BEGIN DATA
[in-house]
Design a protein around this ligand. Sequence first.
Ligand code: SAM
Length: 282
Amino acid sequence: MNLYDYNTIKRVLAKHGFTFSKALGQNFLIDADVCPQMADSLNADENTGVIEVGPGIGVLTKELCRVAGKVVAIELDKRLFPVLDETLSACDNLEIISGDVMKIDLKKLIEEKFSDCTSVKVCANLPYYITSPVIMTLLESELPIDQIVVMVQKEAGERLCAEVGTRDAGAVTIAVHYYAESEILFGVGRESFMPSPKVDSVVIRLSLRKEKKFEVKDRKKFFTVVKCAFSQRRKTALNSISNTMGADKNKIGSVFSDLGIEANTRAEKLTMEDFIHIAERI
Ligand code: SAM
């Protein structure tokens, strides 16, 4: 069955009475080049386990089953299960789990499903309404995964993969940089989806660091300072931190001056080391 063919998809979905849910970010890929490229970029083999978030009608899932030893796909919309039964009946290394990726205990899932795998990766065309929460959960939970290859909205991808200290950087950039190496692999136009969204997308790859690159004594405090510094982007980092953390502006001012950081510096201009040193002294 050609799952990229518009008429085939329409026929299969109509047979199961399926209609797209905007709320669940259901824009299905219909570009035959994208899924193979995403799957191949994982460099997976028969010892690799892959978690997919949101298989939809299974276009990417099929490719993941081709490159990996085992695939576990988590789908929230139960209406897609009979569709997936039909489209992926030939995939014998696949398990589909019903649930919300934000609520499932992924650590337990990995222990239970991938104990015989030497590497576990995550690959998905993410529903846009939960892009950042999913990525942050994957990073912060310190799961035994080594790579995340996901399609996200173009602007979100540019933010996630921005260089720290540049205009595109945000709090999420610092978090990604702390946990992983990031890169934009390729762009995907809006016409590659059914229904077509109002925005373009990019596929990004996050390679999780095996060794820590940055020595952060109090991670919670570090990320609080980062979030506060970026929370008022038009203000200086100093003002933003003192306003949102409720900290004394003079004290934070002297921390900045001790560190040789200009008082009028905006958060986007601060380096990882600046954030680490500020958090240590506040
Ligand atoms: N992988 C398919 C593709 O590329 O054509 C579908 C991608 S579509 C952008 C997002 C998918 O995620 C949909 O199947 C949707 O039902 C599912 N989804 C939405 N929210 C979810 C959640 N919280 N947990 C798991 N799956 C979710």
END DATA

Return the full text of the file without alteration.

[in-house]
Design a protein around this ligand. Sequence first.
Ligand code: SAM
Length: 282
Amino acid sequence: MNLYDYNTIKRVLAKHGFTFSKALGQNFLIDADVCPQMADSLNADENTGVIEVGPGIGVLTKELCRVAGKVVAIELDKRLFPVLDETLSACDNLEIISGDVMKIDLKKLIEEKFSDCTSVKVCANLPYYITSPVIMTLLESELPIDQIVVMVQKEAGERLCAEVGTRDAGAVTIAVHYYAESEILFGVGRESFMPSPKVDSVVIRLSLRKEKKFEVKDRKKFFTVVKCAFSQRRKTALNSISNTMGADKNKIGSVFSDLGIEANTRAEKLTMEDFIHIAERI
Ligand code: SAM
């Protein structure tokens, strides 16, 4: 069955009475080049386990089953299960789990499903309404995964993969940089989806660091300072931190001056080391 063919998809979905849910970010890929490229970029083999978030009608899932030893796909919309039964009946290394990726205990899932795998990766065309929460959960939970290859909205991808200290950087950039190496692999136009969204997308790859690159004594405090510094982007980092953390502006001012950081510096201009040193002294 050609799952990229518009008429085939329409026929299969109509047979199961399926209609797209905007709320669940259901824009299905219909570009035959994208899924193979995403799957191949994982460099997976028969010892690799892959978690997919949101298989939809299974276009990417099929490719993941081709490159990996085992695939576990988590789908929230139960209406897609009979569709997936039909489209992926030939995939014998696949398990589909019903649930919300934000609520499932992924650590337990990995222990239970991938104990015989030497590497576990995550690959998905993410529903846009939960892009950042999913990525942050994957990073912060310190799961035994080594790579995340996901399609996200173009602007979100540019933010996630921005260089720290540049205009595109945000709090999420610092978090990604702390946990992983990031890169934009390729762009995907809006016409590659059914229904077509109002925005373009990019596929990004996050390679999780095996060794820590940055020595952060109090991670919670570090990320609080980062979030506060970026929370008022038009203000200086100093003002933003003192306003949102409720900290004394003079004290934070002297921390900045001790560190040789200009008082009028905006958060986007601060380096990882600046954030680490500020958090240590506040
Ligand atoms: N992988 C398919 C593709 O590329 O054509 C579908 C991608 S579509 C952008 C997002 C998918 O995620 C949909 O199947 C949707 O039902 C599912 N989804 C939405 N929210 C979810 C959640 N919280 N947990 C798991 N799956 C979710």